The Hacker’s Way: Global Social Networks and Hacked Communications


  • Skaidra Trilupaitytė Lithuania Culture Research Institute



social network (Facebook), communication and algorithmic management, content moderation, experts, hackers


Drawing on technology media reviews and public discourse available to researchers, the text aims at the problems of “hacked” communication in global social networks. For reasons of practical convenience, the case of Facebook is chosen and some of the controversial metaphors and rhetorical figures of speech regulation or content moderation are highlighted. The popular heterogeneous image of the hacker (“breaker”) is chosen to describe the rapid and unscrupulous processes of digital innovation. However, the change in reputation also becomes an important element. Don't be afraid to experiment, i. e. “move fast and break things” (to use the famous phrase of Facebook founder Mark Zuckerberg) – not so long ago was the motto that inspired start-ups in the tech world. On the other hand, the problems of cleansing public discourse, the need to “nurse” unhealthy communication spaces and the challenges of “repairing” unpredictable algorithms, which illustrate political troubles since 2016, suggest that the problems of algorithmic management (not just algorithmic governance!) should be addressed in a more radical way. With experts becoming critical public intellectuals, exposing toxic digital interfaces between individuals and groups, and with society and politicians seeking to slow down the rapid flows of divisive algorithmic communication, the need for greater involvement of grassroots 'healers' and civil society in the processes of content moderation is required. In this context, the analysis of the public communicative space in social networks through images and metaphors can be meaningful for future public (electronic) communication.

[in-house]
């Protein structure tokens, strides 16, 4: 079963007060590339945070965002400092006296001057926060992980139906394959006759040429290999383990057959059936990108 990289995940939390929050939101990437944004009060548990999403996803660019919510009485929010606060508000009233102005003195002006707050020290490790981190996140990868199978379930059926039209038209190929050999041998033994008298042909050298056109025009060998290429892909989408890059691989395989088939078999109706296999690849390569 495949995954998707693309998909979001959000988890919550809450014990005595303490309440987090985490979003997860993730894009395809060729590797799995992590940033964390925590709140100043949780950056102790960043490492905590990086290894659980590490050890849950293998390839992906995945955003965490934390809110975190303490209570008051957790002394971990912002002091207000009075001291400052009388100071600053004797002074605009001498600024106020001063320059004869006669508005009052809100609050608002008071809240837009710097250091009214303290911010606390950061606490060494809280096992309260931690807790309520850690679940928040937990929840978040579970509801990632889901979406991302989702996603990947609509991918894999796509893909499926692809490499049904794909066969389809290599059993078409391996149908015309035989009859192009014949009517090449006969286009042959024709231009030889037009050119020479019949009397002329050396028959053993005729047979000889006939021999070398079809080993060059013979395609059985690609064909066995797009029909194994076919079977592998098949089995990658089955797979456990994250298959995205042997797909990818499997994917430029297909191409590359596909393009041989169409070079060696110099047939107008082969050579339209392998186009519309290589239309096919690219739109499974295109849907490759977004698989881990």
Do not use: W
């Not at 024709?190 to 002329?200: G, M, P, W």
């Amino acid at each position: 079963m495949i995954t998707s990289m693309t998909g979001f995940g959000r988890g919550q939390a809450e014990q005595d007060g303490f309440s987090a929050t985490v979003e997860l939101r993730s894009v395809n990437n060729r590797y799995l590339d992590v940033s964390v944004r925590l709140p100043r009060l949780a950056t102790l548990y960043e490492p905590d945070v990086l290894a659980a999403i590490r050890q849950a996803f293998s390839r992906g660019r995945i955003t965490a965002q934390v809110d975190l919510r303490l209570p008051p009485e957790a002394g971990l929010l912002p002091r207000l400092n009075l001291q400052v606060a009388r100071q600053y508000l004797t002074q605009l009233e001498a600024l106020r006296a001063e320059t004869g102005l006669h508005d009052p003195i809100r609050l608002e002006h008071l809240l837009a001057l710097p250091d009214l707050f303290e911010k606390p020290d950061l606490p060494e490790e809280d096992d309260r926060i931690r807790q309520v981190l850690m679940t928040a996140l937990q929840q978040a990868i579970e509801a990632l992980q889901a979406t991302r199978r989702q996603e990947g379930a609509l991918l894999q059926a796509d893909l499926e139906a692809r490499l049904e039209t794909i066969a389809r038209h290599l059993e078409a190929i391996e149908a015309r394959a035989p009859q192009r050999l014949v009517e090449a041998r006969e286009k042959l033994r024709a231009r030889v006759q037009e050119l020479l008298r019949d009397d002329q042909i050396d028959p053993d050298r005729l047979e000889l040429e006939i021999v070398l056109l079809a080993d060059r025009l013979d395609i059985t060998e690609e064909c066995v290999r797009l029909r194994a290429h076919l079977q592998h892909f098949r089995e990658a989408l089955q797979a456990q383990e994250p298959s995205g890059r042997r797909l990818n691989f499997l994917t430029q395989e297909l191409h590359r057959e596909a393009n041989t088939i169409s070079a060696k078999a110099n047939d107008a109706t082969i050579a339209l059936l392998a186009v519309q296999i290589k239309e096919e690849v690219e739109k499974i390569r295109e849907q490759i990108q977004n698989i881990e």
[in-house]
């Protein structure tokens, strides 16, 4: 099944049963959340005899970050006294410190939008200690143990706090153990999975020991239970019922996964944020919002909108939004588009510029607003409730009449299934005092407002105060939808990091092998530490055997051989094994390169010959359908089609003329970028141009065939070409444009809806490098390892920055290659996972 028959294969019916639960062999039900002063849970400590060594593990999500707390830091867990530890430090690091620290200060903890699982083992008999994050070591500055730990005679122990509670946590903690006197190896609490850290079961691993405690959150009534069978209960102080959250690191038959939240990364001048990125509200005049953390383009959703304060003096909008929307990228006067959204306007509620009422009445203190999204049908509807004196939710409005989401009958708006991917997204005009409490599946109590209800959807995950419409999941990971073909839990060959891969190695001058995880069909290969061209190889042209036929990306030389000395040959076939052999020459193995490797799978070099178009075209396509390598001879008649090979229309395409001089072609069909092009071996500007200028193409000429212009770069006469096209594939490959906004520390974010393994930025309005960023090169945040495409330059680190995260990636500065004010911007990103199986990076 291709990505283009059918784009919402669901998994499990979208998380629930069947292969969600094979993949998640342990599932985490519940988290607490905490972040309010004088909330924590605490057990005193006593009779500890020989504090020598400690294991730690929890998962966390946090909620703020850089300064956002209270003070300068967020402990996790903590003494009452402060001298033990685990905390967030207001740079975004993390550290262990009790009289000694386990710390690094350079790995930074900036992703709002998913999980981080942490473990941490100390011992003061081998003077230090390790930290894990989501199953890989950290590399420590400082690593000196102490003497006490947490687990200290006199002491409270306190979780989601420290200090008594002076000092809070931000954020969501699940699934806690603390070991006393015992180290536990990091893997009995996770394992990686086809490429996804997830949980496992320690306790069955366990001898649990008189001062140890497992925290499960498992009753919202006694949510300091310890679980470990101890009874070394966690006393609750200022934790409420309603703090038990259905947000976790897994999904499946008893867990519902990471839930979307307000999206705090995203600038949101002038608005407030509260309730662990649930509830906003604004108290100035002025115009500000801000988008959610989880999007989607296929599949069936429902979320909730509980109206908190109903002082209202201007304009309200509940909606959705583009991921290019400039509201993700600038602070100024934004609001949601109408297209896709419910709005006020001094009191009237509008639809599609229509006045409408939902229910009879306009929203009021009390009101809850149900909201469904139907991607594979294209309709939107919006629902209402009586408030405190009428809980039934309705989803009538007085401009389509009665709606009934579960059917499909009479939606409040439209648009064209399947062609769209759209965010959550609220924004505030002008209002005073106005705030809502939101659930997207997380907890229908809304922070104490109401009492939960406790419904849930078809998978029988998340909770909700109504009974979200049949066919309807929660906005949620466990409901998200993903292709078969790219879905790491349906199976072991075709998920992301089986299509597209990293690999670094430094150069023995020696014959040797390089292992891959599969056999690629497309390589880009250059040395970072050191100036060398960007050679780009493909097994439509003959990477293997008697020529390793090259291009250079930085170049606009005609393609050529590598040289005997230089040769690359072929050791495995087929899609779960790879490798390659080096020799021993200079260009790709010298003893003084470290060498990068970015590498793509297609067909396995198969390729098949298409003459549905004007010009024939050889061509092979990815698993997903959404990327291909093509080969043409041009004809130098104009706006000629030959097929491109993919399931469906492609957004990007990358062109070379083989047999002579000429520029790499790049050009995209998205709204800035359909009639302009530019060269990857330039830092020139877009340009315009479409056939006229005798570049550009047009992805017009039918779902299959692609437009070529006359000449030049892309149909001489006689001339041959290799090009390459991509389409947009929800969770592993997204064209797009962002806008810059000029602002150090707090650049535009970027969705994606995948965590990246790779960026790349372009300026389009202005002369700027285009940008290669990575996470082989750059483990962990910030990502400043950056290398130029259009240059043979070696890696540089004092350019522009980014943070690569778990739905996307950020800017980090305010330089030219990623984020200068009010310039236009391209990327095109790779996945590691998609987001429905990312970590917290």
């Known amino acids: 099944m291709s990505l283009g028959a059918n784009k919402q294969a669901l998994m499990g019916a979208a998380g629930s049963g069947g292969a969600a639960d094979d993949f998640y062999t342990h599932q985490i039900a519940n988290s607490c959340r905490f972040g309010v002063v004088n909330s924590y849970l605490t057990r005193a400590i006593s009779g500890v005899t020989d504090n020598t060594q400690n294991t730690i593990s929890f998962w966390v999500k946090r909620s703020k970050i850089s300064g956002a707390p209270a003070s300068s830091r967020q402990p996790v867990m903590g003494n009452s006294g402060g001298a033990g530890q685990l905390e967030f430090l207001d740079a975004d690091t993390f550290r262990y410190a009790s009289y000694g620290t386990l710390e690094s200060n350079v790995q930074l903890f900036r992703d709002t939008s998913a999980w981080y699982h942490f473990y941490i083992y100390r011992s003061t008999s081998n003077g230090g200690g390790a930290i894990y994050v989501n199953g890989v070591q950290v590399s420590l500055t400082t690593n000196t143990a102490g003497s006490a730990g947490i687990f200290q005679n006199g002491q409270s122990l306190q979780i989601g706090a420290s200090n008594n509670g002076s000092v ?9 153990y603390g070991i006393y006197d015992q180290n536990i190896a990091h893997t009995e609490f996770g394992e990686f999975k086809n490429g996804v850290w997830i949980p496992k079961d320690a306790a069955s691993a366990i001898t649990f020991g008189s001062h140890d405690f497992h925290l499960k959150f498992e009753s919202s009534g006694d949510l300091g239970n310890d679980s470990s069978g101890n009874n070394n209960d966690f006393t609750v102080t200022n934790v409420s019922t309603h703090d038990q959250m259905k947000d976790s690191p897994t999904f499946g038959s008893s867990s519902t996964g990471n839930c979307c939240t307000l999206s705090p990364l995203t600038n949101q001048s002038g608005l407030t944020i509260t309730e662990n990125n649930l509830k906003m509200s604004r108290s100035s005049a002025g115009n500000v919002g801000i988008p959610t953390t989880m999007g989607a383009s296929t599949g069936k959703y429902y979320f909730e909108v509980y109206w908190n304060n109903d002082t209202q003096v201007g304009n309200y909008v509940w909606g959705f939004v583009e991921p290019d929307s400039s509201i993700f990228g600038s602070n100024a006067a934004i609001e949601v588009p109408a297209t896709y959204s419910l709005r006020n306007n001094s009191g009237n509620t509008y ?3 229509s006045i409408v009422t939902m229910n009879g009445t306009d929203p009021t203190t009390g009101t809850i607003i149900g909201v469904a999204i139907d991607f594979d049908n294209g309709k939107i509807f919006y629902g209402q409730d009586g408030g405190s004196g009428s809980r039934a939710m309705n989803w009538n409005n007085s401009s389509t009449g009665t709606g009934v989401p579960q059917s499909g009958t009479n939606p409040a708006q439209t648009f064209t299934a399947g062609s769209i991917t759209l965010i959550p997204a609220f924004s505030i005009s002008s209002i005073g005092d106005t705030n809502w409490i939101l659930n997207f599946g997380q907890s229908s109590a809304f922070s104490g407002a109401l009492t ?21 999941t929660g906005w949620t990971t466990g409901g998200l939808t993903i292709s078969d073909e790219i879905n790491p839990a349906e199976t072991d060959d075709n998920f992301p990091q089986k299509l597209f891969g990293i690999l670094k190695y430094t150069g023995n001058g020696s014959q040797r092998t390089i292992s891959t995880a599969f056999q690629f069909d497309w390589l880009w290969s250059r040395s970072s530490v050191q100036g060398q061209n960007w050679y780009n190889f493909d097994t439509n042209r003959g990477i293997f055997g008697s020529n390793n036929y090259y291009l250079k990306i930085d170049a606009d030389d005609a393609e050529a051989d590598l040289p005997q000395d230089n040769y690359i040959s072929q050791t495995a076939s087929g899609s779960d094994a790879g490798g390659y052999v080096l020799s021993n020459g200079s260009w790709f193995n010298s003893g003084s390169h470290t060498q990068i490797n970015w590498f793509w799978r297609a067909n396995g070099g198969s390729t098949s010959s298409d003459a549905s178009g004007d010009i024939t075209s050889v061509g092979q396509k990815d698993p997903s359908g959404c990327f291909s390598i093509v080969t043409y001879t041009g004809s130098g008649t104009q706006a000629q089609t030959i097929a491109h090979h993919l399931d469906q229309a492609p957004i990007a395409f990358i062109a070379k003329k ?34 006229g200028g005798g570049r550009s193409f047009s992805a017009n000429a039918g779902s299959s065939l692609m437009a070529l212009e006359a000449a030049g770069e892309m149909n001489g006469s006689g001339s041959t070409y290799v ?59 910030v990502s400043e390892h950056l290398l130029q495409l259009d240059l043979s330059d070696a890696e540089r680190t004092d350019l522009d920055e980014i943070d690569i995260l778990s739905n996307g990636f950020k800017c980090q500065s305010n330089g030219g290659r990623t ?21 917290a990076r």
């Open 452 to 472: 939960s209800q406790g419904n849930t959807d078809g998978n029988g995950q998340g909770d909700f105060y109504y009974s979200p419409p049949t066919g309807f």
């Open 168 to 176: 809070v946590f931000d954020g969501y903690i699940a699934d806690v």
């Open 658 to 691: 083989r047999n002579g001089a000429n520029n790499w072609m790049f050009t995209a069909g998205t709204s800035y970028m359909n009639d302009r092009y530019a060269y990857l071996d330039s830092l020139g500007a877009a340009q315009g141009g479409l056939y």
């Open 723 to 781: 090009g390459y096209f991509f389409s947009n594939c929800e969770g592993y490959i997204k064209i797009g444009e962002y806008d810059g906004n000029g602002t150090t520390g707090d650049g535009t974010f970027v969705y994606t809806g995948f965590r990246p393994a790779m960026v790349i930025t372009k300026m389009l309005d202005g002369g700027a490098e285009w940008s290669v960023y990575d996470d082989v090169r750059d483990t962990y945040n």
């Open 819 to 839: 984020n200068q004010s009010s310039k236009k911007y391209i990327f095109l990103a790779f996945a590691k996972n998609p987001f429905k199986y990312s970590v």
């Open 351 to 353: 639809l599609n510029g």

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How to Cite

Trilupaitytė, S. (2021). The Hacker’s Way: Global Social Networks and Hacked Communications. Deeds and Days, 76, 99–116.